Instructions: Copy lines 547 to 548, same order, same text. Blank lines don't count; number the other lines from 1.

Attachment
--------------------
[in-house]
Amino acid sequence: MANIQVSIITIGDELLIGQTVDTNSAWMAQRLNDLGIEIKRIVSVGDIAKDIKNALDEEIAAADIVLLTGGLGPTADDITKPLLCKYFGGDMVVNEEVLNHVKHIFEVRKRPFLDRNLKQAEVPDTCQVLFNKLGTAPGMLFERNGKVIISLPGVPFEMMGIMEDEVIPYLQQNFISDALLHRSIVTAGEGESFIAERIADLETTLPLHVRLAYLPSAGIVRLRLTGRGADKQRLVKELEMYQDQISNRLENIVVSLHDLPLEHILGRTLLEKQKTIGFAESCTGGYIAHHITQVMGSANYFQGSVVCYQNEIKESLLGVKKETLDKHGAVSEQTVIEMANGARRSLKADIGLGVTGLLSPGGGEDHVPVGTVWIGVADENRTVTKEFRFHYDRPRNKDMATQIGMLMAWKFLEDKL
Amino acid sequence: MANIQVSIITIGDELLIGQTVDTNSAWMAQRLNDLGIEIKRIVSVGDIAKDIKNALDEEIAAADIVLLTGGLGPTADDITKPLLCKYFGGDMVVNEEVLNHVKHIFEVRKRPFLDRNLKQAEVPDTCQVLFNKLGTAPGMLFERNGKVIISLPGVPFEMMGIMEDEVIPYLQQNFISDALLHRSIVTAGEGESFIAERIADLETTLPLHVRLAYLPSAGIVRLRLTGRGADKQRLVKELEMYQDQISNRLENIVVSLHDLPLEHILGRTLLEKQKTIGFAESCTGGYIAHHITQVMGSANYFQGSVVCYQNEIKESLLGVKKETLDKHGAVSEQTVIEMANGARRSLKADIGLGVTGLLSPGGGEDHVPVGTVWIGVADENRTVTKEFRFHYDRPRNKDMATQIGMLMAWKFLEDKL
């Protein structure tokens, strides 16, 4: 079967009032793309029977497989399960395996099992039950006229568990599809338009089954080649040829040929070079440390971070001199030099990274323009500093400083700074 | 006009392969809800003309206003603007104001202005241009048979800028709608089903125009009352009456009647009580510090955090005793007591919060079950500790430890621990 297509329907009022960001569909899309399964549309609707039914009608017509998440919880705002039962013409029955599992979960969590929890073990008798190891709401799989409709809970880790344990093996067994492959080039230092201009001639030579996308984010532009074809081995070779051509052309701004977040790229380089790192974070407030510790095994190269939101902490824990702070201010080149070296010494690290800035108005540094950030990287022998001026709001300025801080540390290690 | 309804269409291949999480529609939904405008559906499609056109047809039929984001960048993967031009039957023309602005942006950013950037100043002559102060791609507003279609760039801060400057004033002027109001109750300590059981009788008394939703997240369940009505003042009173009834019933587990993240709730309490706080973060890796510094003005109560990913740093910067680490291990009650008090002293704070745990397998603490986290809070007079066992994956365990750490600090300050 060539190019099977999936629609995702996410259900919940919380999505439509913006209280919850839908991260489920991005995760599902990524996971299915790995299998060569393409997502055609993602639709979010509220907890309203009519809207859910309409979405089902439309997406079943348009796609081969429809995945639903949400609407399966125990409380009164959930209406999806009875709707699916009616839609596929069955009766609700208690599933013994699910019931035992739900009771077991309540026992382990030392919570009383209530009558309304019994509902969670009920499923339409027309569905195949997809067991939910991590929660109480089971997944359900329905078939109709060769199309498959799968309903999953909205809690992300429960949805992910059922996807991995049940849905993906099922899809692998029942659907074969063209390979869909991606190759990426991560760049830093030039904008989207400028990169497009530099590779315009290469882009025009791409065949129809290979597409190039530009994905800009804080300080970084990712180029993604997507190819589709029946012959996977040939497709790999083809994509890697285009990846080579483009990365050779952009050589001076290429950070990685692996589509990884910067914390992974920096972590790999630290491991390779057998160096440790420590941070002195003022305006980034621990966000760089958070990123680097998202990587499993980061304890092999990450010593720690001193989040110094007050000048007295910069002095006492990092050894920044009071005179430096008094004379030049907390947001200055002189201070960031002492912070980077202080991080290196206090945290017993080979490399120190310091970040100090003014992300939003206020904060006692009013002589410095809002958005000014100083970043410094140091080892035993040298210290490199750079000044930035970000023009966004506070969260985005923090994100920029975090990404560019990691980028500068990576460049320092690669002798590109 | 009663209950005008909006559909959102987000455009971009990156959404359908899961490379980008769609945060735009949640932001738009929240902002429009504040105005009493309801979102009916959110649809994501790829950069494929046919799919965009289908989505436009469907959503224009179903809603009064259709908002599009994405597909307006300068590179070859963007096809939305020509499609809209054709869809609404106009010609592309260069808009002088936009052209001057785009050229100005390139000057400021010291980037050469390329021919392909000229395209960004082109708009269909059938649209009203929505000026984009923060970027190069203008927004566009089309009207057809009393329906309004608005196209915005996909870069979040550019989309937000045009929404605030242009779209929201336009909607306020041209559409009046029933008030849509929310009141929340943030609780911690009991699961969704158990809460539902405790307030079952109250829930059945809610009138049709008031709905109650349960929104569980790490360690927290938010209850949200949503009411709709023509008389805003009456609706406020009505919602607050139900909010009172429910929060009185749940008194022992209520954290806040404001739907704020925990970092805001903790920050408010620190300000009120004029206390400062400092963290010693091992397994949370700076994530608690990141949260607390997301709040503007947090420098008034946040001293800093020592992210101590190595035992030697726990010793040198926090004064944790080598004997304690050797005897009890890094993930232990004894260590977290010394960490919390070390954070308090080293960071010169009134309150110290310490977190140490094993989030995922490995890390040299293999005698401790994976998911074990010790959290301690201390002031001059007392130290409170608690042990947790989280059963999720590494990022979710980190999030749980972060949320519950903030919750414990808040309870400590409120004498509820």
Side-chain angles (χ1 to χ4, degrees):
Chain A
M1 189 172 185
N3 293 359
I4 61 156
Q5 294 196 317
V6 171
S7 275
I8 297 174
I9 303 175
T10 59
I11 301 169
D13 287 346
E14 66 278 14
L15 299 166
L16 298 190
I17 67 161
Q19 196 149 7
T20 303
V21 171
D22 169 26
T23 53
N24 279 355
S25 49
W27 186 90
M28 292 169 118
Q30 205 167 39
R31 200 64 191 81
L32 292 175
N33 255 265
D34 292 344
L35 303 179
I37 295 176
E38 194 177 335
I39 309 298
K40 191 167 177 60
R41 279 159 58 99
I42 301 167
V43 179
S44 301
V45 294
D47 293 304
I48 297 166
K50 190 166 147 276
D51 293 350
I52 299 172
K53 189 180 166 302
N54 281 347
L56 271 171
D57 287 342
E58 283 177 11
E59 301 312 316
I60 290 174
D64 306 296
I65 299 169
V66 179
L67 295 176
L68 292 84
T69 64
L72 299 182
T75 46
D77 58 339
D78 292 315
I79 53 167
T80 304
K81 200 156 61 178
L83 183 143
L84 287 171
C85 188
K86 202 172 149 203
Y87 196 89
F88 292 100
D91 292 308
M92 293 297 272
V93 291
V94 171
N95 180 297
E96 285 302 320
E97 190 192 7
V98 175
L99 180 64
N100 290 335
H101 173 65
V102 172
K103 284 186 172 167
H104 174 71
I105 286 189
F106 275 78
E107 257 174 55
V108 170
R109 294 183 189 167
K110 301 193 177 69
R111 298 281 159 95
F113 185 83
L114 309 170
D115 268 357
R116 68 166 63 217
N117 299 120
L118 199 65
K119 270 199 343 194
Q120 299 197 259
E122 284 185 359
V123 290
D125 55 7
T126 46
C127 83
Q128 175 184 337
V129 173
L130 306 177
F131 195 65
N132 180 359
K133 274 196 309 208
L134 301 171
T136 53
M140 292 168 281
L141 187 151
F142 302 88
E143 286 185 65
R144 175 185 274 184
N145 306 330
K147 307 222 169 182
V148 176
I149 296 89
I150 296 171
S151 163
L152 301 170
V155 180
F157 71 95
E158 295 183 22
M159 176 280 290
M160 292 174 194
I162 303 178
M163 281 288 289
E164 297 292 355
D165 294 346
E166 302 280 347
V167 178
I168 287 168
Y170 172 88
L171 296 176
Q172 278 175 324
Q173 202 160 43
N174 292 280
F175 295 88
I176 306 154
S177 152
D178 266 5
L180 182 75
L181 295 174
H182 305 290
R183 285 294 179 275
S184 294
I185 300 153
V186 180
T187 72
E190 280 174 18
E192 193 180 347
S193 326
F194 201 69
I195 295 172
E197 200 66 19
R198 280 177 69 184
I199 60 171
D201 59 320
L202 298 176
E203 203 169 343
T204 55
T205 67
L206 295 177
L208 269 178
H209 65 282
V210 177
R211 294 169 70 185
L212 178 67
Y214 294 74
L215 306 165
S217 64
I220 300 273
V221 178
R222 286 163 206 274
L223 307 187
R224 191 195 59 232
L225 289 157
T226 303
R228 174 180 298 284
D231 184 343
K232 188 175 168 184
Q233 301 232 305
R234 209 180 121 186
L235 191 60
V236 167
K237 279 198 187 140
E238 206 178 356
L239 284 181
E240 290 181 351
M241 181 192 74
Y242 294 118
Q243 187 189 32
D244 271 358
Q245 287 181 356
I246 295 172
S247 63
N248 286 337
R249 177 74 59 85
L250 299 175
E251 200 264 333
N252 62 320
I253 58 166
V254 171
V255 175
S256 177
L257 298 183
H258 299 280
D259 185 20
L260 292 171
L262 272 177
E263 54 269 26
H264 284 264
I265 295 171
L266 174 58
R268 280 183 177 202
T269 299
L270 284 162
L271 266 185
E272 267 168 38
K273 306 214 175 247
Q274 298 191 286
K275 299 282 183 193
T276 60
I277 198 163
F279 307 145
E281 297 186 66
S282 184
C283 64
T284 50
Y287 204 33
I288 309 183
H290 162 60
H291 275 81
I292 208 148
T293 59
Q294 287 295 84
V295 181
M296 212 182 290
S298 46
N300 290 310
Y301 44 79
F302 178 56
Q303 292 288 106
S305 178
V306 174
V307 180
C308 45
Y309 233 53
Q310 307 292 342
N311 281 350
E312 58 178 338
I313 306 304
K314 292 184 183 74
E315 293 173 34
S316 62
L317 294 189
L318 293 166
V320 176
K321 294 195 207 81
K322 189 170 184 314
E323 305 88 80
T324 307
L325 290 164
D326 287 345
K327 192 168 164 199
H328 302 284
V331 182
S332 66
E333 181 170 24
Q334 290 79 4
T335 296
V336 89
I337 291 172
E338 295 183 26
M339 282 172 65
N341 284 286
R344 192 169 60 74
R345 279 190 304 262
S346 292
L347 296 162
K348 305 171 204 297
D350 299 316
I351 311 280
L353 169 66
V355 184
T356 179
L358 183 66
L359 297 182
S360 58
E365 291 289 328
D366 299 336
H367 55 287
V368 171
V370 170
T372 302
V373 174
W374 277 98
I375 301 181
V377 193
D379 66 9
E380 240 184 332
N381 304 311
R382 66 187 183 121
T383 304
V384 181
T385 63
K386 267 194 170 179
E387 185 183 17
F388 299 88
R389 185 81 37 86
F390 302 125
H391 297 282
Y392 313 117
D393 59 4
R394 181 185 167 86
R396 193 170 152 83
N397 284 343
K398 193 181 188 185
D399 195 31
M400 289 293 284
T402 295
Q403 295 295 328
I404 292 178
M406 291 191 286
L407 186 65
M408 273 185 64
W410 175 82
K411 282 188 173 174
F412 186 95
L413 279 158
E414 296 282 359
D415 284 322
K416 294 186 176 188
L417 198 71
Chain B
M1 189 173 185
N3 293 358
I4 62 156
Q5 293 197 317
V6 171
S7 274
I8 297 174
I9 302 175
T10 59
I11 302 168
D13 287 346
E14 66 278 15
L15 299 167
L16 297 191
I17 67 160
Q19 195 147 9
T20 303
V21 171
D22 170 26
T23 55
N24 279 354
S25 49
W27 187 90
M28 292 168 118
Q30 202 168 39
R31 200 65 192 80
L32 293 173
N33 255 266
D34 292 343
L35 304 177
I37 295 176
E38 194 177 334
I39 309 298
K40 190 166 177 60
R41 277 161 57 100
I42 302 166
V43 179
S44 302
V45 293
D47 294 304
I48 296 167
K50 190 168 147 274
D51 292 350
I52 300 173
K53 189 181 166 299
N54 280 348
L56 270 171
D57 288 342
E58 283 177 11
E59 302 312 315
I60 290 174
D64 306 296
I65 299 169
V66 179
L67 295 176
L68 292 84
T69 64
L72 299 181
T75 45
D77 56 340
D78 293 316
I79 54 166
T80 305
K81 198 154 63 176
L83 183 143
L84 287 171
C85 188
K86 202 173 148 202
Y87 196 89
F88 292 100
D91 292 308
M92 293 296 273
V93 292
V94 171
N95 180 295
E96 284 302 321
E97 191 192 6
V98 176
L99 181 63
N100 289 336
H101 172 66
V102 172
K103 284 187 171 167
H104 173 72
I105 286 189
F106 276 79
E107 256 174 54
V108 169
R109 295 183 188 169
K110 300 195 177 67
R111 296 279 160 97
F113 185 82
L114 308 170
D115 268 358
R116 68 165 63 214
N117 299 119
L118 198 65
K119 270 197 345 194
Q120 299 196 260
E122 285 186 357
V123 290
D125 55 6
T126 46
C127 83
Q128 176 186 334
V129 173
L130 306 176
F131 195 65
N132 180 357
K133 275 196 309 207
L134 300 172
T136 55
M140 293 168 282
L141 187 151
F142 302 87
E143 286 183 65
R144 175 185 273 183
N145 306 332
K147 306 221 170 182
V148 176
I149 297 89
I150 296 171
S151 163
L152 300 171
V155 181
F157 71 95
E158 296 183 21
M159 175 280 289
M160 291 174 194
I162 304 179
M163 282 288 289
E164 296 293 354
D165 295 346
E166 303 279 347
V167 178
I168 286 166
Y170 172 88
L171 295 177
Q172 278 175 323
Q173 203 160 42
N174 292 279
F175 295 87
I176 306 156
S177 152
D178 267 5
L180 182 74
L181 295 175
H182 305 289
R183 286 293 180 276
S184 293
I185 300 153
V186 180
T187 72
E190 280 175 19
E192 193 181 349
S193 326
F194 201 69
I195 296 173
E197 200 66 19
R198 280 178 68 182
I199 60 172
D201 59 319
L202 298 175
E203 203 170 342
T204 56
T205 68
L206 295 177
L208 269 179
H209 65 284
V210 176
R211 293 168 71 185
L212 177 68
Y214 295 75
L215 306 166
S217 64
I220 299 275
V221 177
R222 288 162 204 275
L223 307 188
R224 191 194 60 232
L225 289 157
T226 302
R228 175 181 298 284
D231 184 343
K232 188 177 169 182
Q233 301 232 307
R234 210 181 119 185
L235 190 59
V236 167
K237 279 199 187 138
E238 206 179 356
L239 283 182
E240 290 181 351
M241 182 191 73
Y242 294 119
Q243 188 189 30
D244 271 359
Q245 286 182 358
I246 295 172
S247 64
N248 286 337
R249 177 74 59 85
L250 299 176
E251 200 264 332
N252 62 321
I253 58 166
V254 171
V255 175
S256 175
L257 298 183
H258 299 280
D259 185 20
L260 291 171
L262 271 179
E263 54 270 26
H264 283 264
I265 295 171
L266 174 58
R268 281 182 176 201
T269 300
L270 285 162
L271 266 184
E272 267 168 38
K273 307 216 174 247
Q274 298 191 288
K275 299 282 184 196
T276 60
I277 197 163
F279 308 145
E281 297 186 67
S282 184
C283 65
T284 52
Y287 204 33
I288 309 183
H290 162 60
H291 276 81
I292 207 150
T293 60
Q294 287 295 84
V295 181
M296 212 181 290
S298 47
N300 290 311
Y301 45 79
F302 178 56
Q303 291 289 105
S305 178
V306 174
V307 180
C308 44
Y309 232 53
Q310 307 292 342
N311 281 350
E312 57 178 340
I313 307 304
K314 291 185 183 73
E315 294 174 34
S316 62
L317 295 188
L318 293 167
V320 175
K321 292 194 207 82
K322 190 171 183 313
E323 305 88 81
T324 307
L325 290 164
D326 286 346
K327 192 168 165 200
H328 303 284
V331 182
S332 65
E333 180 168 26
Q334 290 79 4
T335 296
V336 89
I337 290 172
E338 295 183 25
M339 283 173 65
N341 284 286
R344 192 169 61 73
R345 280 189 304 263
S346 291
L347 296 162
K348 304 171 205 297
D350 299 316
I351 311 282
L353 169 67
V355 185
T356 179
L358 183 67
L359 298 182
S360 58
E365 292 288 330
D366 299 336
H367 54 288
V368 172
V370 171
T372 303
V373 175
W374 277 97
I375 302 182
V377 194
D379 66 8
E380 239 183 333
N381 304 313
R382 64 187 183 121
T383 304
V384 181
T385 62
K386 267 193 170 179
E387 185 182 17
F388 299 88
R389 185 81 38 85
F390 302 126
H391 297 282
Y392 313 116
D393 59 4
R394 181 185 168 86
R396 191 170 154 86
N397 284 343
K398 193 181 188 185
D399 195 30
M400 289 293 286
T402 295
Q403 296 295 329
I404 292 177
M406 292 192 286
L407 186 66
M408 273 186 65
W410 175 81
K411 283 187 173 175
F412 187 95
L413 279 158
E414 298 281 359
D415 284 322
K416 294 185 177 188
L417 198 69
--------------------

R249 177 74 59 85
L250 299 176